Data Brokers Dispute Findings of FTC Report
The Federal Trade Commission's in-depth analysis of the data broker industry recommends new consumer protection legislation, but a number of trade groups say that industry self-regulation remains the way to go.
A recent Federal Trade Commission report on data brokers is raising some big questions about exactly what information is being collected about consumers—and what should be done about it.
The report, “Data Brokers: A Call for Transparency and Accountability” [PDF], released Tuesday, argued that consumer data brokers—which sell information that allows marketers to better target and analyze various industry segments—currently operate “with a fundamental lack of transparency.” The FTC concluded that legislation may be needed to protect consumers.
“It’s time to bring transparency and accountability to bear on this industry on behalf of consumers, many of whom are unaware that data brokers even exist,” FTC Chairwoman Edith Ramirez said in a statement.
But some industry groups see things differently. More details below:
Risks of profiling: The FTC outlined potential risks posed by data tracking and the profiling of consumers based on that data—for example, that such data could be used to discriminate based on market segments. “For example, while the data segment of ‘Smoker in Household’ could be used to market a new air filter, a downstream entity also could use the segment to suggest that a person is a poor credit or insurance risk, or an unsuitable candidate for employment or admission to a university,” the study stated. “This would be especially pernicious if the segment included a high concentration of minorities.” The report recommended that Congress pass legislation to improve industry transparency as well as to allow consumers to access their data or opt out of data tracking. “Consumers can’t manage this process by themselves,” FTC Commissioner Julie Brill said, according to The Washington Post. “It’s too big. It’s too complex. There are too many moving parts.”
No actual harm? In comments on the report, the Direct Marketing Association, a leading trade group focused on data-driven marketing, argued that the FTC failed to make a concrete case for its conclusion that the industry needs stronger regulation. “One interesting thing about this report is that after thousands of pages of documentation submitted over the two years of thorough inquiry by the FTC, the report finds no actual harm to consumers, and only suggests potential misuses that do not occur,” Peggy Hudson, DMA’s senior vice president of government affairs, said in a statement. The statement highlighted DMA’s own efforts to tackle privacy issues and emphasized that the commission’s “calls for notice, choice, and transparency are consistent with existing hallmarks of the ethical standards for our industry.”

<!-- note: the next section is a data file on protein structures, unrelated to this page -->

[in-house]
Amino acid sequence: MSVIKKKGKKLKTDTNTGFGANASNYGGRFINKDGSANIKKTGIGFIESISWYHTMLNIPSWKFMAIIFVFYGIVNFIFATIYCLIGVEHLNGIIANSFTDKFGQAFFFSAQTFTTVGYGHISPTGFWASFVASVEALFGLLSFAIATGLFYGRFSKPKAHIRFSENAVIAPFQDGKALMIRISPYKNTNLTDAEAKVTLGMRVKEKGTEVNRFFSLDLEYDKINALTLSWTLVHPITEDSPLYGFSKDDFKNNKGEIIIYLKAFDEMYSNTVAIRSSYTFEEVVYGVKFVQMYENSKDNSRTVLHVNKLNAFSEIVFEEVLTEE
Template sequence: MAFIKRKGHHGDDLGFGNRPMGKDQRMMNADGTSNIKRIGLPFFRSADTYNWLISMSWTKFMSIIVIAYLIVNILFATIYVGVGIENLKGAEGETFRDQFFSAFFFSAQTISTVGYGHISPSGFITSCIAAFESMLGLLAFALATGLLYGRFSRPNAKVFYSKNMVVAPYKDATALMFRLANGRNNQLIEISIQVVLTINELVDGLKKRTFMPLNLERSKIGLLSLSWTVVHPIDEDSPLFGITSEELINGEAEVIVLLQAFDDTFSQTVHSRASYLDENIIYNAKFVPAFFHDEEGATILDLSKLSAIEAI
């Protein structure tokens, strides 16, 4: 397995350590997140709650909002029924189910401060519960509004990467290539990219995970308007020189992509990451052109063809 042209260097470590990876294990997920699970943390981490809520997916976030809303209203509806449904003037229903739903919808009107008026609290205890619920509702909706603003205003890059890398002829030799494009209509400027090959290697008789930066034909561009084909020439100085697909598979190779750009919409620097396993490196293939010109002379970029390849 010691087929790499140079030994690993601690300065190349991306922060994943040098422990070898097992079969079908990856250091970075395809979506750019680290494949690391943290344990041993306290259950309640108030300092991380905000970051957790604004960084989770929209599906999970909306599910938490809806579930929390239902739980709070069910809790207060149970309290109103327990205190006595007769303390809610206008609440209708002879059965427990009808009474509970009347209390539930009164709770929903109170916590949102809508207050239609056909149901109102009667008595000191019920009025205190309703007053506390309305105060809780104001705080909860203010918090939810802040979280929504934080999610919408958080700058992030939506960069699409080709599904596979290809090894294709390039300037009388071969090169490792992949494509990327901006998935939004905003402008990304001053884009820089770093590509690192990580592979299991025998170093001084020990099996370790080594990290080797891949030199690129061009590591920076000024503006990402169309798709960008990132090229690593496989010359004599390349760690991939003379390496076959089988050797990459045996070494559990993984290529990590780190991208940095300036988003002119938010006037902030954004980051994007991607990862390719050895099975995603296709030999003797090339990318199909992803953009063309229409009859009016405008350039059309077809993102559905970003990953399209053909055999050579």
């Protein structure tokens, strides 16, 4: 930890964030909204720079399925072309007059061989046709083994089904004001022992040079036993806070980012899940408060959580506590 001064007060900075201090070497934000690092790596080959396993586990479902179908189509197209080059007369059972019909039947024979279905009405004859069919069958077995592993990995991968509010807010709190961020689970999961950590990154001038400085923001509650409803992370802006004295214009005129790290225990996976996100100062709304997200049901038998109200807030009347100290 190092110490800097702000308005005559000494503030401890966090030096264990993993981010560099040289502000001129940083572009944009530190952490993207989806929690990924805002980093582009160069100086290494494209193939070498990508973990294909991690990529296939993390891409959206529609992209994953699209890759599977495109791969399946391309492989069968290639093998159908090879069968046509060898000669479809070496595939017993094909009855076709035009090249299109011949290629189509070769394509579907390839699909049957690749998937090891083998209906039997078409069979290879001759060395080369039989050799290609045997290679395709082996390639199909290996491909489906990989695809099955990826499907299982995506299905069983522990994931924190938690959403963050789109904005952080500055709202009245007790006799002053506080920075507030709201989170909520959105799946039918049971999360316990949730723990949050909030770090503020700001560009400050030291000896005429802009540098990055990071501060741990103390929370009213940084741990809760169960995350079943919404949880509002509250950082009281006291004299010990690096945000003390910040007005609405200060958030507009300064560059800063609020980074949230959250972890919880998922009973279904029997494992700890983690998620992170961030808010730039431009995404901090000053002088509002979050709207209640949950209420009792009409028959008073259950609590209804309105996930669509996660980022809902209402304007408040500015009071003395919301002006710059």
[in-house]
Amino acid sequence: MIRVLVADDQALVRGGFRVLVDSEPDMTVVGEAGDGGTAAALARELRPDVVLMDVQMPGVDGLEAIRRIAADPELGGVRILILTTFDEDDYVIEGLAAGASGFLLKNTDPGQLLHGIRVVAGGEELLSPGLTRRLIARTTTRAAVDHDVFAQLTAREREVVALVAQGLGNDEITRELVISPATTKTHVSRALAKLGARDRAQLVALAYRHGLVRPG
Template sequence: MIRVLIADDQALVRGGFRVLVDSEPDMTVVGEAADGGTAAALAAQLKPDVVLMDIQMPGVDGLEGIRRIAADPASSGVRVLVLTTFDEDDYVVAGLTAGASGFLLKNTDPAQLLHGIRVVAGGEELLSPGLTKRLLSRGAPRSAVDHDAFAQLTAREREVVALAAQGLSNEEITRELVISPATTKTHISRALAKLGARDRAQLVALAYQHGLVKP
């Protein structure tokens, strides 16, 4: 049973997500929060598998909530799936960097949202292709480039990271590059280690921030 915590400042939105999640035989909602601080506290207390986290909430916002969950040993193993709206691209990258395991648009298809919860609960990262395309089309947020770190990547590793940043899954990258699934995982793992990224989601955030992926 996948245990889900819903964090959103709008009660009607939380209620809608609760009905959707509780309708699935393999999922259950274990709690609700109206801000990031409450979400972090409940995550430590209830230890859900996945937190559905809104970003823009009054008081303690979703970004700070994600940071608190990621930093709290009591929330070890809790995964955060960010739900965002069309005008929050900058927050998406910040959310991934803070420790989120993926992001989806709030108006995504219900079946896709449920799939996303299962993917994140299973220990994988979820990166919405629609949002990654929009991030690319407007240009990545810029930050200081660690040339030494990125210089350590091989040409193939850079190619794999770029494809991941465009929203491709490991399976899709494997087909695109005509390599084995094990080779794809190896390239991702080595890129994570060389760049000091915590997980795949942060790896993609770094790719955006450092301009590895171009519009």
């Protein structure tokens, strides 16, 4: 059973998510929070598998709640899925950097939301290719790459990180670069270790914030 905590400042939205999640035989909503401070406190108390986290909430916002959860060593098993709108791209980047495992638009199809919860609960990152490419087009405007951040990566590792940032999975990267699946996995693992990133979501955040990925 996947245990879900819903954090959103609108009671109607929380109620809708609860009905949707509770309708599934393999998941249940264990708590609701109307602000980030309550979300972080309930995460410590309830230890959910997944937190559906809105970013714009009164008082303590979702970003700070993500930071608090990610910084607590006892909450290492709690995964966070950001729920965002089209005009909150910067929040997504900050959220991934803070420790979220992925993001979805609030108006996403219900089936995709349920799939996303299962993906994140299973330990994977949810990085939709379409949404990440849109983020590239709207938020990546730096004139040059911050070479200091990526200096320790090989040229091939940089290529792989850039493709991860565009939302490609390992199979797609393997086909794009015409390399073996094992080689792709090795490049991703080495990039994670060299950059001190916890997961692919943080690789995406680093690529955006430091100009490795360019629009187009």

Shared goals: Another trade group with interests in the debate, the Software and Information Industry Association (SIIA), said it shared the FTC’s transparency and accountability goals but discouraged new regulation, arguing that the industry can achieve those goals on its own. “SIIA and industry leaders are committed to building on current best practices to ensure consumer trust and confidence in the marketplace,” association President Ken Wasch said in a statement.
Pushing for protection: Consumer advocacy groups, meanwhile, applauded the report and emphasized the need for action—with or without Congress. The Center for Democracy and Technology, for example, noted that “the potential for abuse [of data brokering] is high” despite its benefits to consumers, such as enabling targeted advertising. While supporting new legal requirements for data brokers, CDT noted that some consumer protections are already on the books. “[T]he FTC should continue to pay close attention to data brokers and to aggressively enforce the Fair Credit Reporting Act (FCRA) and Section 5 of the FTC Act to go after practices that violate existing law,” the center’s G.S. Hans wrote on the group’s blog. The American Civil Liberties Union agreed, telling The Washington Post, “This report’s intentions are good, but waiting for Congress to pass new regulations isn’t going to help protect Americans’ privacy rights anytime soon. The FTC needs to start using its existing authority to root out bad practices now.”